FIGURE 1 is a perspective view illustrating a production control device constructed in accordance with the invention, with parts broken away for clarity of illustration,
FIGURE 2 is a longitudinal sectional elevation illustrating a portion of a gear assembly taken on the line 2 2 in FIGURE l,
FIGURE 3 is a transverse sectional elevation, at an enlarged scale, taken on the line 3-3 in FIGURE 2, further illustrating the gear assembly with parts broken away,
FIGURE 4 is a plan View further illustrating the pro-` duction control device shown in FIGURE l,
FIGURE 5 is a perspective view illustrating a production control device constructed in accordance with a modified form of the invention, with parts broken away to show a gear assembly, and
FIGURE 6 illustrates a programming schedule such as maybe produced using a device constructed in accordance with the invention.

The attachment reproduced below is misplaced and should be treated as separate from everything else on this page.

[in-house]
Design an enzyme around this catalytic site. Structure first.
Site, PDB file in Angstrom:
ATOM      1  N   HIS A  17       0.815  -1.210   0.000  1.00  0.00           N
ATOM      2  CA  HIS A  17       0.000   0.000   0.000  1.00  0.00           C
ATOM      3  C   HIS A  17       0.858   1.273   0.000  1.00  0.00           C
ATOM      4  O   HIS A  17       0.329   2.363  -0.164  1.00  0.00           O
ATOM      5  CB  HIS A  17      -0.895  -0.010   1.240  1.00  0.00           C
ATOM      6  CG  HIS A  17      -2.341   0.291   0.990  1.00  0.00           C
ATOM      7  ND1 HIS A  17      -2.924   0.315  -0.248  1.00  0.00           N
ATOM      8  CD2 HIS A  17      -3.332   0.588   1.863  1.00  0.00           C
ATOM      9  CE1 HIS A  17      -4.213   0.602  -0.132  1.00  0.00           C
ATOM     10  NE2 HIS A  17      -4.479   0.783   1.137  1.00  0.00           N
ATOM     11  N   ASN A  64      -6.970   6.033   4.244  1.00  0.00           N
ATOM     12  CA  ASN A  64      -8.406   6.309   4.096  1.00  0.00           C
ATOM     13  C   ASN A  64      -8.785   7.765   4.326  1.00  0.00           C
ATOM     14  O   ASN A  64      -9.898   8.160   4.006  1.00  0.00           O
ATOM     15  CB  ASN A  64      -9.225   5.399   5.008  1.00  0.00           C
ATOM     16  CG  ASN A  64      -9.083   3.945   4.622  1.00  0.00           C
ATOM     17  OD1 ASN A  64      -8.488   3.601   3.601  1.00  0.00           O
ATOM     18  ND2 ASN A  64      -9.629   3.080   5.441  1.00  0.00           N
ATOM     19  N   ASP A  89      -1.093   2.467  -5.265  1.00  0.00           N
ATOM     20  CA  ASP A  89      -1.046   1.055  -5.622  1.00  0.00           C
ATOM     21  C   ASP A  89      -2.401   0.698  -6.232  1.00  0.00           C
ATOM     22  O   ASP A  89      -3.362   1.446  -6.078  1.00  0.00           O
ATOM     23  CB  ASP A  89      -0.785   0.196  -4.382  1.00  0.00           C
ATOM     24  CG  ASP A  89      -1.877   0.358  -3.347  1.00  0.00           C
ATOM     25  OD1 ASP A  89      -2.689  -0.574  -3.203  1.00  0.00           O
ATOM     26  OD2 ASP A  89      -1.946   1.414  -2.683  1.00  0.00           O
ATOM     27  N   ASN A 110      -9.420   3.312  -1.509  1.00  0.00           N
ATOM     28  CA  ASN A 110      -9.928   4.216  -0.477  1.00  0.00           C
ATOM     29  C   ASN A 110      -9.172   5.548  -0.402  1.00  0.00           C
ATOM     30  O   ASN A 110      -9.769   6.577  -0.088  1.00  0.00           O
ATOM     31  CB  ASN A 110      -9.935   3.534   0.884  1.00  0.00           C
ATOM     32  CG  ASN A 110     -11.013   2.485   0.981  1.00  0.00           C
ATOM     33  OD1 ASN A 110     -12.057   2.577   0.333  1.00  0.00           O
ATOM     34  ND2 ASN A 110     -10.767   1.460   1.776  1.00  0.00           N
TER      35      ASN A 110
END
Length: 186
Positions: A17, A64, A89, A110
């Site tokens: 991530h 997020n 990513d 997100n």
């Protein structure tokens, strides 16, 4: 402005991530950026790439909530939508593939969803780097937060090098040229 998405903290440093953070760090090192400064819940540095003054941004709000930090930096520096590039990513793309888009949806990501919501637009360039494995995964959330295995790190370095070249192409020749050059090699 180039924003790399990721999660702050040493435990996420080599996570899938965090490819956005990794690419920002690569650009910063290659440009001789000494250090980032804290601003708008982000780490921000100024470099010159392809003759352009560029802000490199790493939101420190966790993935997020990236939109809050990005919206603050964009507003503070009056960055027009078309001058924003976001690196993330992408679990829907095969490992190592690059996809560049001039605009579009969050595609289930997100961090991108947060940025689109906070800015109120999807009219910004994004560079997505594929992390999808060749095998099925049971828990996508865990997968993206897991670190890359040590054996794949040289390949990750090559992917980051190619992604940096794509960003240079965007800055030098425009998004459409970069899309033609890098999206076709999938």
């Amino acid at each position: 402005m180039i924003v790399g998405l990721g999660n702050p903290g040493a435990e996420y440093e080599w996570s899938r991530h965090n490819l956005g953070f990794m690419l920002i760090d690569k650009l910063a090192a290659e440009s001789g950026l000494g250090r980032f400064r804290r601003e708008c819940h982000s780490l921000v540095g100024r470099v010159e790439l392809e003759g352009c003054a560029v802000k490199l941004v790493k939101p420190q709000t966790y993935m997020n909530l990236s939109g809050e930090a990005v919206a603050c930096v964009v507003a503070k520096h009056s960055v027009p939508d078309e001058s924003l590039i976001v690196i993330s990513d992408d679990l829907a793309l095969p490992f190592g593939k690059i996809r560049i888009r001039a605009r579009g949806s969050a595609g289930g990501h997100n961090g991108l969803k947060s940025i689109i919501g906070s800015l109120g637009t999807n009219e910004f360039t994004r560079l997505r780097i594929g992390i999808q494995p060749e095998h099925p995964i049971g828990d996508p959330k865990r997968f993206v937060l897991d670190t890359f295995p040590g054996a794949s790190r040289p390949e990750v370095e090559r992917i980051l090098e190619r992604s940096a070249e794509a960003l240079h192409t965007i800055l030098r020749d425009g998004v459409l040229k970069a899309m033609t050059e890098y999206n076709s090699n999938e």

The drawings illustrate a production programming device including an elongated container A. A plurality of transverse partitions are carried in said container dividing the container into a series of compartments B. A rst longitudinal shaft C is carried for rotation in the container and extends across the container through the compartments. A first gear D is mounted on the first shaft in each compartment. A second shaft E is carried for rotation in each compartment. A second intermediate gear F is carried by each second shaft and is driven by a respective first gear. A third shaft G is carried in each compartment. A third gear H is carried on each third shaft and is driven by a respective intermediate gear. A time drum I is carried on the third shaft in one of the compartments. Cycle drums J are carried for rotation on the third shaft in other compartments. Guide means M are located within each compartment for positioning said respective second and third shafts and gears and drums within the container for removal therefrom by lifting same from the guide means. Segments K of equal length designating equal intervals of time for an operational event, such as a service or dong time of a machine, are carried about the surface of the time drums I and the cycle drums J. The time drum is so sized as to accommodate the segments representing a predetermined work period successively about its entire surface. The cycle drums I are so sized as to accommodate the segments successively representing the elapsed time between reoccurring operational events of a given production unit about its entire surface. Indicia is carried by the segments on the time drum indicating relative time during the work period. Indicia is carried on the segments on a cycle drum designating production units or machines having equal elapsed time between -reoccurring operational events. Indicia carried by the segments of another cycle drum may designate production units having a different elapsed time between such reoccurring operational events. The indicia on the drums is shown only in FIGURE 4""through viewing windows. Such indicia on the time drum corresponds to the indicia under the column marked Time on the spinning doti schedule shown in FIGURE 6. The indicia on the first four cycle drums corresponds to the indicia under the columns N, O, P and Q of FIGURE 6, respectively. For example, the cycle drum from which the information under column N of FIGURE 6 was taken has thirty successive segments and the indicia thereon corresponds to the rst thirty periods of column N. The indicia of column O corresponds to indicia of the second cycle drum except that the indicia on all the segments of the second cycle drum is not represented, since the schedule only shows forty periods and the second cycle drum has 48 periods or sections. The machines of periods 41 through 48 will come up for doing during the next shift.